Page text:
Lynch Syndrome Program

Survivorship and Support

For more information regarding the Lynch Syndrome Screening Program, please contact St. Luke’s genetic counselor at 484-526-7553.

Approximately 5% of all colon and endometrial (uterine) cancers are caused by an inherited cancer syndrome known as Lynch Syndrome. Individuals who have Lynch syndrome have an increased risk to develop colon, endometrial, stomach, ovarian, and other cancers. Increased screening and preventative surgeries can be used to help manage these risks.

The majority of individuals with Lynch Syndrome do not know they have it until they develop a cancer. Even then, some cases can go undiagnosed. To better identify individuals with Lynch Syndrome, St. Luke’s Cancer Center has initiated the Lynch Syndrome Screening Program. All colon cancers and selected endometrial cancer diagnosed at St. Luke’s will be screened using a test called immunohistochemistry (IHC). IHC can help identify if a cancer may have been caused by Lynch Syndrome. Genetic testing can then be used to determine if an individual has Lynch Syndrome so that appropriate screening and management recommendations can be made.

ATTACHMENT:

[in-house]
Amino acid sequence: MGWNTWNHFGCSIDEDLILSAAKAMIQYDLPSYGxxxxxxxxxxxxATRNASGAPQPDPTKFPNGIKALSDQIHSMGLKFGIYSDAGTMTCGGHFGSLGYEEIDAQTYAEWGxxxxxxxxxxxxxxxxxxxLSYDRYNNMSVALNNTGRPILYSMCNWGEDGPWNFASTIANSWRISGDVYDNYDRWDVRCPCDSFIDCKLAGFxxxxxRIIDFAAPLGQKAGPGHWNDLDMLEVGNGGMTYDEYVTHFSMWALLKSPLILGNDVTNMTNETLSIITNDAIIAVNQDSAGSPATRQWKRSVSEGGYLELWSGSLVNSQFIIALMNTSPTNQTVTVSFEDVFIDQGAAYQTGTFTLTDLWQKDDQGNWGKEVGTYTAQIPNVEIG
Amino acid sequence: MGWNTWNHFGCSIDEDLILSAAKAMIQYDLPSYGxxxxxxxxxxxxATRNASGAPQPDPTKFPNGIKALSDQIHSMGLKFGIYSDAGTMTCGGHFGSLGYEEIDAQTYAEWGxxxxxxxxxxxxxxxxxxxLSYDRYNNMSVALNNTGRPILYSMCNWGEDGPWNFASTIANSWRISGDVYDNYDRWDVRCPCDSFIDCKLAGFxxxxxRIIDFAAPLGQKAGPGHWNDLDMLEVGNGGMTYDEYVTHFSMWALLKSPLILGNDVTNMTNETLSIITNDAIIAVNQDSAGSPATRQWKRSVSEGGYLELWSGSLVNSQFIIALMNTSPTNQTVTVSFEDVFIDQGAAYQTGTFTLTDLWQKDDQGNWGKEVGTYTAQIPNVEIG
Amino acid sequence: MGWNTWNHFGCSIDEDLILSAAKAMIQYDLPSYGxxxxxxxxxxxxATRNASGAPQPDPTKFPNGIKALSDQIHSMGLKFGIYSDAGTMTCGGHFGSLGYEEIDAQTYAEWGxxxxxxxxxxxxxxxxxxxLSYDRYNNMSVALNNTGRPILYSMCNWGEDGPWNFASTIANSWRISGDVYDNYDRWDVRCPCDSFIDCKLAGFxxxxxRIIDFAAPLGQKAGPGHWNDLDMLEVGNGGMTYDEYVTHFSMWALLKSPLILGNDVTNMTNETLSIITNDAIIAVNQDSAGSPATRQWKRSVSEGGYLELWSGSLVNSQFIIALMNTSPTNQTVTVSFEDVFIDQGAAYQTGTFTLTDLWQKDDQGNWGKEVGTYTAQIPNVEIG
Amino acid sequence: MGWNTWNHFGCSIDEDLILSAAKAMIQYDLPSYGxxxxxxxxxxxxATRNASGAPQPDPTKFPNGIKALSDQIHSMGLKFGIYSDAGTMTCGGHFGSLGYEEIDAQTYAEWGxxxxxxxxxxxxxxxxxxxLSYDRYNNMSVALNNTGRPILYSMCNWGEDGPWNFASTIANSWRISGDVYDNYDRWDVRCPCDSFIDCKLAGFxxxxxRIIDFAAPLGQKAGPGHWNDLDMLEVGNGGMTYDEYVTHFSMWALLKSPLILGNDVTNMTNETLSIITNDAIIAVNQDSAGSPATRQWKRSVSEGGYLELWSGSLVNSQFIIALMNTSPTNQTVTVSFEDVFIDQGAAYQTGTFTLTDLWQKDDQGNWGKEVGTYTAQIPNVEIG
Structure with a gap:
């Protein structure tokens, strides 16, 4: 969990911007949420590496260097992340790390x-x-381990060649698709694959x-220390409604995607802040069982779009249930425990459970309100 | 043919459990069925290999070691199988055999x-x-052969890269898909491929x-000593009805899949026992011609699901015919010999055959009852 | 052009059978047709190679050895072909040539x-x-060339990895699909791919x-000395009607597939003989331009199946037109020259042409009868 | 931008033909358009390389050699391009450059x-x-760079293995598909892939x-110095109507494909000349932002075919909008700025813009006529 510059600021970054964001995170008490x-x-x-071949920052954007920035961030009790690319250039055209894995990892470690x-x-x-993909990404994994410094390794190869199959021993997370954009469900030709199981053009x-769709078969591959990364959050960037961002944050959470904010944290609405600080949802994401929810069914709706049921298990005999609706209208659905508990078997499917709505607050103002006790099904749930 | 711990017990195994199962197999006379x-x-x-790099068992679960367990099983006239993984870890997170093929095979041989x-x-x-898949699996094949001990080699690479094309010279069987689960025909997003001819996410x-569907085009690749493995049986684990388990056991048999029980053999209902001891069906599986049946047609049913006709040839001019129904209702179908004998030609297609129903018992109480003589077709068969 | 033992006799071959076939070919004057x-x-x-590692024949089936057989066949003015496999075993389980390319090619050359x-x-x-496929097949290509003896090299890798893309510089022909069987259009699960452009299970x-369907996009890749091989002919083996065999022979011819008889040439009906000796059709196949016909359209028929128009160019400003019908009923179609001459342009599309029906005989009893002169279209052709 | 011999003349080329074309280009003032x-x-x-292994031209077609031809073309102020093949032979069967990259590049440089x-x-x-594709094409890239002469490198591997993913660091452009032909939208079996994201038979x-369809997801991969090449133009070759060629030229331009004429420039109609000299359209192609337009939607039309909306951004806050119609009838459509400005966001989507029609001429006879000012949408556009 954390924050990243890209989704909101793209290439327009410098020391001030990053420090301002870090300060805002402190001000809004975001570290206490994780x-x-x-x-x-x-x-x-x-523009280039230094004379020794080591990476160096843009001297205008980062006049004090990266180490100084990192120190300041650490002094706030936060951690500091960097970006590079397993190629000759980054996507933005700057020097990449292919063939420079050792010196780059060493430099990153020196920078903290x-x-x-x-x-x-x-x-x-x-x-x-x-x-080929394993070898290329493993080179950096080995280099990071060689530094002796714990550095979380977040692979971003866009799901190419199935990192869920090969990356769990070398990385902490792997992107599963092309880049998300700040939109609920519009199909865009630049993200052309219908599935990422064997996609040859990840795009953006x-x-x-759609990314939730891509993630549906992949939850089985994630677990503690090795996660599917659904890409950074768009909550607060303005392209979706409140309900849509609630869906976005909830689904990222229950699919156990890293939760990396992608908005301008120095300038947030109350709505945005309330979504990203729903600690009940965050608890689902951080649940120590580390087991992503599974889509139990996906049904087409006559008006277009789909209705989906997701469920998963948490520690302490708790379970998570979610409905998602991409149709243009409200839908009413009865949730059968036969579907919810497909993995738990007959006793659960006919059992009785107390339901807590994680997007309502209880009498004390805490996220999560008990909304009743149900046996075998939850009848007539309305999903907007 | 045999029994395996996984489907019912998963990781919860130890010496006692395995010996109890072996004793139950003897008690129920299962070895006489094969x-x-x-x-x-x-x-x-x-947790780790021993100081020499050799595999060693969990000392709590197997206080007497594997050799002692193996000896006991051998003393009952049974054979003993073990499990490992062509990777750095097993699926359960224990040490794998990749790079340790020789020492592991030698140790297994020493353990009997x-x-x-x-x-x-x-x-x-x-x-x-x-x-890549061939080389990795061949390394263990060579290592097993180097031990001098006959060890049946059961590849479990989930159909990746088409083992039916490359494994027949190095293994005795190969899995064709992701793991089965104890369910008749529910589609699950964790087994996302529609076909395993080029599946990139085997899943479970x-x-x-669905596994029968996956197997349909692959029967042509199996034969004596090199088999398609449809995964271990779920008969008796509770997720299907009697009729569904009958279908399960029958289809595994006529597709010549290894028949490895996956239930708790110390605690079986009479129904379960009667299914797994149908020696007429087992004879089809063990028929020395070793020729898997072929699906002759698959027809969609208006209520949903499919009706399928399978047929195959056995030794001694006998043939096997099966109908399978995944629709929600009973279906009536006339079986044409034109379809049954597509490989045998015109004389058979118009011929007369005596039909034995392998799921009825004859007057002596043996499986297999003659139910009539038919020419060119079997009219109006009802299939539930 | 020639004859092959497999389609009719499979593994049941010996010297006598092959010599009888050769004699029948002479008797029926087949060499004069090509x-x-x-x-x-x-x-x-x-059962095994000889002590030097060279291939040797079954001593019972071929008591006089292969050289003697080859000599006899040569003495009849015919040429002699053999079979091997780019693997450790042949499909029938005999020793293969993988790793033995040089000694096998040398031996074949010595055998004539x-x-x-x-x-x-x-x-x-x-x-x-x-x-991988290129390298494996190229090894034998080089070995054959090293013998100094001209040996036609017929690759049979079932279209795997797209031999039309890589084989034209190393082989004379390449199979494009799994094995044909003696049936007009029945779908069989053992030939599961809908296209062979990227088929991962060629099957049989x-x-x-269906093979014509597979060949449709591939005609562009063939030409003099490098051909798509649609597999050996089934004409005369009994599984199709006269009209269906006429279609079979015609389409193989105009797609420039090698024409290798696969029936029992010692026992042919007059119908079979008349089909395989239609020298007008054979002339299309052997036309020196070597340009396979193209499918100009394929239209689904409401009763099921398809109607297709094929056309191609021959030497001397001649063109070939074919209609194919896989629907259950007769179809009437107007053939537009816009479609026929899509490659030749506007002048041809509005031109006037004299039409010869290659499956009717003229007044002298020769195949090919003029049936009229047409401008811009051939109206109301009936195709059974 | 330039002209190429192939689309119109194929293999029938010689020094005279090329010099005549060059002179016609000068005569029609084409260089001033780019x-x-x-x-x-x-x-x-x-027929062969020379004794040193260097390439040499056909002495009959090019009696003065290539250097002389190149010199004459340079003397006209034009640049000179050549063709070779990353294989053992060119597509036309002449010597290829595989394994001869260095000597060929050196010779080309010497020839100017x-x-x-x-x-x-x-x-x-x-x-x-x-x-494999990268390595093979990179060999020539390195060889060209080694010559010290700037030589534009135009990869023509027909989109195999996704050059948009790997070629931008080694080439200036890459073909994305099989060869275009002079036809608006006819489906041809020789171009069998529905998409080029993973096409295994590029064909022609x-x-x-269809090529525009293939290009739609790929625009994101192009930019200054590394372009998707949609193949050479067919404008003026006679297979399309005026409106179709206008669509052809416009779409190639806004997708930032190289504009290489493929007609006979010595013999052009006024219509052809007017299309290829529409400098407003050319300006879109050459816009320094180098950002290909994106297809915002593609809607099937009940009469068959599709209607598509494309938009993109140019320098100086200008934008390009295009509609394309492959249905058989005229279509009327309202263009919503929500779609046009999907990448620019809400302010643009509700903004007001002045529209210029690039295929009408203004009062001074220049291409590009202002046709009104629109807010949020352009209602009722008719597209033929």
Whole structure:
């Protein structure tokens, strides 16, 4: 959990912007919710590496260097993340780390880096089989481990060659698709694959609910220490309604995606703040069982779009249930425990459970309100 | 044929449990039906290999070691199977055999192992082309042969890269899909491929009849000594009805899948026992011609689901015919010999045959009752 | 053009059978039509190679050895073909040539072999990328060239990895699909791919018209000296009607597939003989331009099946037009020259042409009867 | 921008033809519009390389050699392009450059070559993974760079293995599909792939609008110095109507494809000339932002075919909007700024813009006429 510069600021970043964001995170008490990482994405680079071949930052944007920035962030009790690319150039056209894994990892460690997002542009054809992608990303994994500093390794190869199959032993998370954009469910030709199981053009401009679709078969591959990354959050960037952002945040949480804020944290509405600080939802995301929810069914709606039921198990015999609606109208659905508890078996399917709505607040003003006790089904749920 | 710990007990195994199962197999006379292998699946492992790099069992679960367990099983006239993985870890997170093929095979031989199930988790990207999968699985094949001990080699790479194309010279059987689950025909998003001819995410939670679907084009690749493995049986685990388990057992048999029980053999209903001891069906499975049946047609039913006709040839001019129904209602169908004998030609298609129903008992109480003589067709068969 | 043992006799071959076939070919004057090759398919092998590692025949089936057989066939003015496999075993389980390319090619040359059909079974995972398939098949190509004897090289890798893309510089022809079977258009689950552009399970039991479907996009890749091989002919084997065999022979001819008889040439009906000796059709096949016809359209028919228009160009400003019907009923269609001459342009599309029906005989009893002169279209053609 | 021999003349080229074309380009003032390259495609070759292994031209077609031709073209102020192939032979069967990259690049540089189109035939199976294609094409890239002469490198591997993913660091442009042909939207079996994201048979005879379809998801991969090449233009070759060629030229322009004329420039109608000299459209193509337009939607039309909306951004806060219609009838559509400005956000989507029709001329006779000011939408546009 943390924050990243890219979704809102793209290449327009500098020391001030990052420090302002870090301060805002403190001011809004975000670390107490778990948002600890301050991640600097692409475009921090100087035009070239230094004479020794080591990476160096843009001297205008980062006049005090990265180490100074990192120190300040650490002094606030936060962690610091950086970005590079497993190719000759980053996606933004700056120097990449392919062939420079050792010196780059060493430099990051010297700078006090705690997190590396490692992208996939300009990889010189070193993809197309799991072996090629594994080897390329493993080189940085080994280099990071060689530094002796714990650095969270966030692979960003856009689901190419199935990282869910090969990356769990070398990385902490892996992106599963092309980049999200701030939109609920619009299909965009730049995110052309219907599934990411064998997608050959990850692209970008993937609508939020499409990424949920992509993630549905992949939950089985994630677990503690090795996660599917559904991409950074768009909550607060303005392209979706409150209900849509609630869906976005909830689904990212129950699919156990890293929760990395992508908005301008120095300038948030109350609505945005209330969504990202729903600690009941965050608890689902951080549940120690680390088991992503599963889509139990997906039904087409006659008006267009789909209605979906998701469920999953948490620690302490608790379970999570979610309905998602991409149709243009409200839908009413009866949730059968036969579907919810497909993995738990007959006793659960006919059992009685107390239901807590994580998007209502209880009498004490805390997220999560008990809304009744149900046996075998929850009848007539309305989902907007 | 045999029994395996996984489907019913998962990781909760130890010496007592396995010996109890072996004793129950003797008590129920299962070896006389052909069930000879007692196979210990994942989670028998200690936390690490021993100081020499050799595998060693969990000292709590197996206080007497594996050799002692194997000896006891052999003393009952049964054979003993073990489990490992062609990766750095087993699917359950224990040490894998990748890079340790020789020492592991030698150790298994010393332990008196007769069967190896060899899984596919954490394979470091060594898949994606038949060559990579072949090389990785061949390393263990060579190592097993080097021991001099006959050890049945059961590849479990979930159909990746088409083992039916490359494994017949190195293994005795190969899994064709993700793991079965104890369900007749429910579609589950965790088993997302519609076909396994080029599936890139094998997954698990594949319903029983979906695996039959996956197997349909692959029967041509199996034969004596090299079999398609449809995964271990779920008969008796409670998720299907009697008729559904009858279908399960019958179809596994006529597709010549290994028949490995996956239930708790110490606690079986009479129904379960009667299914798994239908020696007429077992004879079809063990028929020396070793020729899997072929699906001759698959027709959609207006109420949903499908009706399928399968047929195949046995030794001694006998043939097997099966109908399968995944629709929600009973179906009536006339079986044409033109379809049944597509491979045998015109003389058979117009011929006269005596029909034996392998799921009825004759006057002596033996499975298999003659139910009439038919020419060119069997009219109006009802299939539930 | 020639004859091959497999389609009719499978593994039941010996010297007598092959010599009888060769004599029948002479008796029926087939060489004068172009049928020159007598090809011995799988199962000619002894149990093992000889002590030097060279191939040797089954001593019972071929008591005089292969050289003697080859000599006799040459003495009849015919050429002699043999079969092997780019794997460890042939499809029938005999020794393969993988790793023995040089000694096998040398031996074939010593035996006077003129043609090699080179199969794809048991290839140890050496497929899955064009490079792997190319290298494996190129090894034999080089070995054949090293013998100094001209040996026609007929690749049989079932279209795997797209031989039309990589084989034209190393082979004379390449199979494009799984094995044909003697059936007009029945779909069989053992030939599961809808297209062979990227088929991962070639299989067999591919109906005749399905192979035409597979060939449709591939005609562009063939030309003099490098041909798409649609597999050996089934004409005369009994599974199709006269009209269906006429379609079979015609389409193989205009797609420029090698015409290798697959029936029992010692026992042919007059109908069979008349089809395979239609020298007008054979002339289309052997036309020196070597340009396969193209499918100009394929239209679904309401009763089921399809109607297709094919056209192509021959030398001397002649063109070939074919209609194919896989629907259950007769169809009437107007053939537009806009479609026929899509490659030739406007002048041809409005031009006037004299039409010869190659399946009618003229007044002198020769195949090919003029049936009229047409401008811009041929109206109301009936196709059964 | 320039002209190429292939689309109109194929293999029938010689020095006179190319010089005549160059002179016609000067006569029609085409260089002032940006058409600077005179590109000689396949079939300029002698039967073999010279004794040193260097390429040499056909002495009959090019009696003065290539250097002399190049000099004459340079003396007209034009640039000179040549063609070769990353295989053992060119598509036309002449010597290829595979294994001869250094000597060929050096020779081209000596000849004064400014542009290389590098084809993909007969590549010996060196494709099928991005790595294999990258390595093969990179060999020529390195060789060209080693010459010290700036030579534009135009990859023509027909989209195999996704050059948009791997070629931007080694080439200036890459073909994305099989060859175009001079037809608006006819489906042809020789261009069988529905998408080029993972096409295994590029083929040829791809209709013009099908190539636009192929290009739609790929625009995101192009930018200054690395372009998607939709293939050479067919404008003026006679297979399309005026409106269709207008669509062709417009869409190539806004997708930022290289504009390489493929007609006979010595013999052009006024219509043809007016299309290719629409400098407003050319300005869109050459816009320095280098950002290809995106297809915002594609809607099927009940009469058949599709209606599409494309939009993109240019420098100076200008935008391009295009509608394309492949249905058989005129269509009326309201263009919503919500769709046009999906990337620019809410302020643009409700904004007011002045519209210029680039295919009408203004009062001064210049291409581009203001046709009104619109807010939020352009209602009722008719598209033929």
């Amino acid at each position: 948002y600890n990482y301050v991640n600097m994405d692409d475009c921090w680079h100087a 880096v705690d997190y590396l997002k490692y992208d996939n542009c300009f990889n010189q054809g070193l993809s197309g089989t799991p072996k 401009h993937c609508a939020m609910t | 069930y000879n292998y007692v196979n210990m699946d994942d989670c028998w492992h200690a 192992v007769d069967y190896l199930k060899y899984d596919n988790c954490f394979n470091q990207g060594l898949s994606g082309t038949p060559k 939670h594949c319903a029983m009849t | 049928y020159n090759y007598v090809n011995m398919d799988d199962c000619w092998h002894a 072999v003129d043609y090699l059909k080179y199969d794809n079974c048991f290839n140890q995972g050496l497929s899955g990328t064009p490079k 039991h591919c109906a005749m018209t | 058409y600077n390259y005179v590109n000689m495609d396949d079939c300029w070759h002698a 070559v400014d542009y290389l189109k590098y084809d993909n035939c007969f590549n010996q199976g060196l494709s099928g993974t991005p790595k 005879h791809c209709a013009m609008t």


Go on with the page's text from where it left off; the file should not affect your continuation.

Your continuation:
IHC is a screening test that helps to determine if an individual has a high likelihood of having Lynch Syndrome. IHC is not a genetic test or a diagnostic test for Lynch Syndrome. Not all individuals whose tumor testing indicates a high risk will have Lynch Syndrome.

Genetic counseling is available through the St. Luke’s Family Cancer Risk Evaluation Program for individuals whose personal history, family history, or tumor testing is suspicious for Lynch Syndrome or other hereditary cancer syndromes.

For more information regarding St. Luke’s Family Cancer Risk Evaluation Program, please call 610-628-8011.

St. Luke’s Family Cancer Risk Evaluation Program is available to individuals concerned they may be at increased risk of developing cancer based on their family history. A certified genetic counselor is available to meet in an individual or family setting to provide education, testing, and discussion of results.

At the initial education session, a certified genetic counselor will review the family history and draw a family tree. The genetic counselor with then discuss:

  • Basic genetics and hereditary cancer syndromes
  • Personalized cancer risks
  • General recommendations for screening and cancer risk management
  • The benefits and limitations of genetic testing for hereditary cancer risk
  • Legal and social concerns
  • Support and educational resources

All of the above information can be presented in a group family session. Additional appointments may be necessary to discuss the results of genetic testing.

Is a Physician Referral Required?
Those interested in the program may be self-referred or referred by their physician.

Genetic Counseling

Family Cancer Risk Evaluation Program